As I interviewed some of the most aggressively social people online — people who follow hundreds or even thousands of others — it became clear that the picture was a little more complex than this question would suggest. Many maintained that their circle of true intimates, their very close friends and family, had not become bigger. [...] But where their sociality had truly exploded was in their “weak ties” — loose acquaintances, people they knew less well [...] — maintained via technology. [...]

Psychologists have long known that people can engage in “parasocial” relationships with fictional characters, like those on TV shows or in books, or with remote celebrities we read about in magazines. Parasocial relationships can use up some of the emotional space in our Dunbar number, crowding out real-life people. [...]

What is it like to never lose touch with anyone? [...]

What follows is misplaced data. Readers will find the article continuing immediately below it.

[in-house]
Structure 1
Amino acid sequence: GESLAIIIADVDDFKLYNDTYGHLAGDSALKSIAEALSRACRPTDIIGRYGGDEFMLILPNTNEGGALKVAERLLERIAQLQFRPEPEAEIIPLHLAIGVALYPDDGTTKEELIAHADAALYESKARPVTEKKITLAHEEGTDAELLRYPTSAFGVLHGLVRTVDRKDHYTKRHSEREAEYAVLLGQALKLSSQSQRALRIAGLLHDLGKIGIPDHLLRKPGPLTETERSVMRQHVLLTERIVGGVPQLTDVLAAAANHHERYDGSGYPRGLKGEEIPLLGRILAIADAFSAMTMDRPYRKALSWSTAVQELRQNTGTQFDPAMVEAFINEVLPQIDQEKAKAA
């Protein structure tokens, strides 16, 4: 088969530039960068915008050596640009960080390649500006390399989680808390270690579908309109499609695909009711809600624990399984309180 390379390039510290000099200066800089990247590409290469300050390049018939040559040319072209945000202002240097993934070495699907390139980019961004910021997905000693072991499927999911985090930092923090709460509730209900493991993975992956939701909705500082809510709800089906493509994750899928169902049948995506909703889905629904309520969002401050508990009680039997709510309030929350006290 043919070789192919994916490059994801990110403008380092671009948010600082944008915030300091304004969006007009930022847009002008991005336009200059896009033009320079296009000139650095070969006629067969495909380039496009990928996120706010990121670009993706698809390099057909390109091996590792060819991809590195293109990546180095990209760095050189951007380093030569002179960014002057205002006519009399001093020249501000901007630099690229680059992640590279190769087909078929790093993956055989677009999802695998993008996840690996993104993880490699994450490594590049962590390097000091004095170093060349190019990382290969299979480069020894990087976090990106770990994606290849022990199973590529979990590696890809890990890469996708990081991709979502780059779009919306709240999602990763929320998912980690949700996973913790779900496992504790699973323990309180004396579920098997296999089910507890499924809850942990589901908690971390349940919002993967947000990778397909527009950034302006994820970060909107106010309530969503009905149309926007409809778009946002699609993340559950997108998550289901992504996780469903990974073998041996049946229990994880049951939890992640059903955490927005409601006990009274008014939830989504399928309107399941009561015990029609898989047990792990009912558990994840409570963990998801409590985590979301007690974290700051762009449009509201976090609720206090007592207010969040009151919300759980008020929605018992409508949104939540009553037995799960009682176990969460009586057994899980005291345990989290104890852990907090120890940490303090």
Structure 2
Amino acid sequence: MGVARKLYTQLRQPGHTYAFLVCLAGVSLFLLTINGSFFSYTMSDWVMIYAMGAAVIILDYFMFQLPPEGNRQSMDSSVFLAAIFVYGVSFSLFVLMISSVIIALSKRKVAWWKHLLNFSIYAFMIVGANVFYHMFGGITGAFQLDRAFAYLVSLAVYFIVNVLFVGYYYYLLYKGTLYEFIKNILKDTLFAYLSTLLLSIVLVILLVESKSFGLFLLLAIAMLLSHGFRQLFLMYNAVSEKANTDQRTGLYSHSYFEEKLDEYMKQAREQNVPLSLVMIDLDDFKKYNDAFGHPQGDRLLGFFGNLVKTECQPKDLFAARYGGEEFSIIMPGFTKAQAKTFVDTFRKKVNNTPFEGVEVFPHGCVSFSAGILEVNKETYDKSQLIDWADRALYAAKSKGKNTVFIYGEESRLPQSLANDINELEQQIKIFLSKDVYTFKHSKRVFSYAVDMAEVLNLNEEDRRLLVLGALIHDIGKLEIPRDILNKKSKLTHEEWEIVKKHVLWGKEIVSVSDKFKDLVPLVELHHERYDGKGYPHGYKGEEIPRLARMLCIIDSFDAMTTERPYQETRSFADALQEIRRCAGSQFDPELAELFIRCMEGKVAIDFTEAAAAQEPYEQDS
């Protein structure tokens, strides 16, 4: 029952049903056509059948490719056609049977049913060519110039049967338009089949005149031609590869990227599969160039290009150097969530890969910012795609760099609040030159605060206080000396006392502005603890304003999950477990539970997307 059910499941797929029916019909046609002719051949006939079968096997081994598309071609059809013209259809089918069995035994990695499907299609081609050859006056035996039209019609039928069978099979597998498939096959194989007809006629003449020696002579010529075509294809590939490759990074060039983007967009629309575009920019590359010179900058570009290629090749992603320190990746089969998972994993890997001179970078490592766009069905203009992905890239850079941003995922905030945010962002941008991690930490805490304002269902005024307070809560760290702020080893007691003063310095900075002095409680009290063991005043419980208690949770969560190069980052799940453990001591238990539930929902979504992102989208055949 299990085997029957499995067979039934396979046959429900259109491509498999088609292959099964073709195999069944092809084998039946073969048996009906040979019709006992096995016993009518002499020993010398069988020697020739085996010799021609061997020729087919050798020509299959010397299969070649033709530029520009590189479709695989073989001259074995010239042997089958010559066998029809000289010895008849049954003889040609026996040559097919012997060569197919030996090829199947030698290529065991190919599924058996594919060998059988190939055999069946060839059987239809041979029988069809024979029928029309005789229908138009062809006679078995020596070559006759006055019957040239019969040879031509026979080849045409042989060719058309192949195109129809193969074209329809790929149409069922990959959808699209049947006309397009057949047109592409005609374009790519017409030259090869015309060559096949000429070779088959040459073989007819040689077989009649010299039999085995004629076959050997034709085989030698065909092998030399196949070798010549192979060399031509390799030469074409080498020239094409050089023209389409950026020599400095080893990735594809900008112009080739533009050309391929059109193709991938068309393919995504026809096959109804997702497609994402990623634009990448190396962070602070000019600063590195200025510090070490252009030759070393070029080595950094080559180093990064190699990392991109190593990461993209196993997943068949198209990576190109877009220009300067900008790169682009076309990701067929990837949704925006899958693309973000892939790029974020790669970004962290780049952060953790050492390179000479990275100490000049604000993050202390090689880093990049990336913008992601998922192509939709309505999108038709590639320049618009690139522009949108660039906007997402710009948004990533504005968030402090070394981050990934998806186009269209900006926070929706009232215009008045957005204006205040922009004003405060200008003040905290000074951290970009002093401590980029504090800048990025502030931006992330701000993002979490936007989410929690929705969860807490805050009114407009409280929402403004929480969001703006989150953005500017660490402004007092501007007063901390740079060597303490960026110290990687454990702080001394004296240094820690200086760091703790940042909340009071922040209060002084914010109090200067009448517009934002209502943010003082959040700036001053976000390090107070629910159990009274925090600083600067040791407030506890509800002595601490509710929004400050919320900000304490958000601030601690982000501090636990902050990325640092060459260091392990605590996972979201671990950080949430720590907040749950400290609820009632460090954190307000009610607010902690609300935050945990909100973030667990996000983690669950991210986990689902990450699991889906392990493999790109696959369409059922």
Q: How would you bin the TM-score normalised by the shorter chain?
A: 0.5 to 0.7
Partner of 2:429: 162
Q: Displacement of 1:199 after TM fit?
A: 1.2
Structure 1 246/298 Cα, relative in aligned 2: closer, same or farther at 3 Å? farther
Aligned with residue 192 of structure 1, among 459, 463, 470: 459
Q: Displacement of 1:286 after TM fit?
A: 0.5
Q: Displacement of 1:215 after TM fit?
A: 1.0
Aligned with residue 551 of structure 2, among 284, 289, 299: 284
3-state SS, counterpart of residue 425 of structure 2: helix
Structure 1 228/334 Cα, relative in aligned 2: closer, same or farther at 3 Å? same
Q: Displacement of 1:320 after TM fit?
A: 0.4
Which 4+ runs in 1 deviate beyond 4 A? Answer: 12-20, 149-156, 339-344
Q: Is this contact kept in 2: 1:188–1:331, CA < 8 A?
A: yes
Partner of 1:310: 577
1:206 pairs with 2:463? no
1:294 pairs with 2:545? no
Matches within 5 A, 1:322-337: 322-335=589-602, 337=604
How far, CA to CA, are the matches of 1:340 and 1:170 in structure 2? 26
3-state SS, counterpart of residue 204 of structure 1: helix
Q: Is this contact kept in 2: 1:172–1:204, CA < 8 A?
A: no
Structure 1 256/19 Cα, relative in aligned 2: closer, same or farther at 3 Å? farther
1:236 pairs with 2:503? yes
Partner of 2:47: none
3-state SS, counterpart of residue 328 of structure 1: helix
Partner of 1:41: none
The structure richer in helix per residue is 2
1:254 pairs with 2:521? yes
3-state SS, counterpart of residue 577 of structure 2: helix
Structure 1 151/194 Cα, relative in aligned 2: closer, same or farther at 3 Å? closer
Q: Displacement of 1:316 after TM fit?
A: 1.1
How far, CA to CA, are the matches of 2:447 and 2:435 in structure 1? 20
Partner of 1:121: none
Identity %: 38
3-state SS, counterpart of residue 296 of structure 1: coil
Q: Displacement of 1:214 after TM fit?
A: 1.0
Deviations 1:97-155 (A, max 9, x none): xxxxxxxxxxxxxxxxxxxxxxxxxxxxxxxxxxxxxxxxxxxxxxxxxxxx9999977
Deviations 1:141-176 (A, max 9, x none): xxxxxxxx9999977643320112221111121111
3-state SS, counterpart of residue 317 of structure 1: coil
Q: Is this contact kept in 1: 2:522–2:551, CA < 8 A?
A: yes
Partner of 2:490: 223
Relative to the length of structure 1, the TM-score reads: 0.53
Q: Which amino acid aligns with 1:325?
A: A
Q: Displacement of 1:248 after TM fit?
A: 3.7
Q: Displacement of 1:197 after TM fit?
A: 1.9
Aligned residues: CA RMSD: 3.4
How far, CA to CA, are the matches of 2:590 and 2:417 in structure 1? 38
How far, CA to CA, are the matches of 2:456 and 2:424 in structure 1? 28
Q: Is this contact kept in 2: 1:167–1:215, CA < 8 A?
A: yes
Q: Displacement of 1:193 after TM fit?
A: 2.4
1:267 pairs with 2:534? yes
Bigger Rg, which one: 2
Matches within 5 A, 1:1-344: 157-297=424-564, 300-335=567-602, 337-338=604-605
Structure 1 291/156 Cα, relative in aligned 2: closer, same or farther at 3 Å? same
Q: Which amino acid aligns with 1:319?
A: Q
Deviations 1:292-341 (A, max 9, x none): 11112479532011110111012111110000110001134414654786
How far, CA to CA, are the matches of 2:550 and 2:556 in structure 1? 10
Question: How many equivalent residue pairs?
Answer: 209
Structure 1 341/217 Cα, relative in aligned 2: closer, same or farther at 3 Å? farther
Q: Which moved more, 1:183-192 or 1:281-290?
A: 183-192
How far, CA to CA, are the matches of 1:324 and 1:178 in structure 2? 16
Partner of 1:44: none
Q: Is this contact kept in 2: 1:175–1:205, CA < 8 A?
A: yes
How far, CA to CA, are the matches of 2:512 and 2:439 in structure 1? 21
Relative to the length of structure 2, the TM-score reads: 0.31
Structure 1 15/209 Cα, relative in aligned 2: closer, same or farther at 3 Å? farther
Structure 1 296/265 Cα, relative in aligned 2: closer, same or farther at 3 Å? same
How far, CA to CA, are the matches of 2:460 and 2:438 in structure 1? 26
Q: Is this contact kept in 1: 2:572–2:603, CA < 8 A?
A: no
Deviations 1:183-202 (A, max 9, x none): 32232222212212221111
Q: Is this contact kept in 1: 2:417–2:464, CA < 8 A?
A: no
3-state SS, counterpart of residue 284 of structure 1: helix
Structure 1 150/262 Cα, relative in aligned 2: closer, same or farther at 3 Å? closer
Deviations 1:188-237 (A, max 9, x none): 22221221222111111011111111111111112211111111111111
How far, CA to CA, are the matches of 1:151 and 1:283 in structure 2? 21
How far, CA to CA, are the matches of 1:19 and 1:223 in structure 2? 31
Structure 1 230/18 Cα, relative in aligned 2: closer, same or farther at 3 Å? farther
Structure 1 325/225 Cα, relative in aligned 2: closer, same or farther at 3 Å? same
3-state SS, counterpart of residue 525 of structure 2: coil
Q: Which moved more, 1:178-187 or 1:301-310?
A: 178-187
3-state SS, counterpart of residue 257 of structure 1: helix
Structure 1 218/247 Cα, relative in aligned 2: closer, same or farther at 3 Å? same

“It’s just like living in a village, where it’s actually hard to lie because everybody knows the truth already,” Tufekci said. “The current generation is never unconnected. They’re never losing touch with their friends. So we’re going back to a more normal place, historically. If you look at human history, the idea that you would drift through life, going from new relation to new relation, that’s very new. It’s just the 20th century.” [...]

Cartoon by Peter Steiner. The New Yorker, July 5, 1993 issue (Vol.69 (LXIX) no. 20) page 61
She laughed. “You know that old cartoon? ‘On the Internet, nobody knows you’re a dog’? On the Internet today, everybody knows you’re a dog! If you don’t want people to know you’re a dog, you’d better stay away from a keyboard.”

Many of the avid Twitterers, Flickrers and Facebook users I interviewed described an unexpected side-effect of constant self-disclosure. The act of stopping several times a day to observe what you’re feeling or thinking can become, after weeks and weeks, a sort of philosophical act. It’s like the Greek dictum to “know thyself,” or the therapeutic concept of mindfulness. [...]

In an age of awareness, perhaps the person you see most clearly is yourself.

- from Brave New World of Digital Intimacy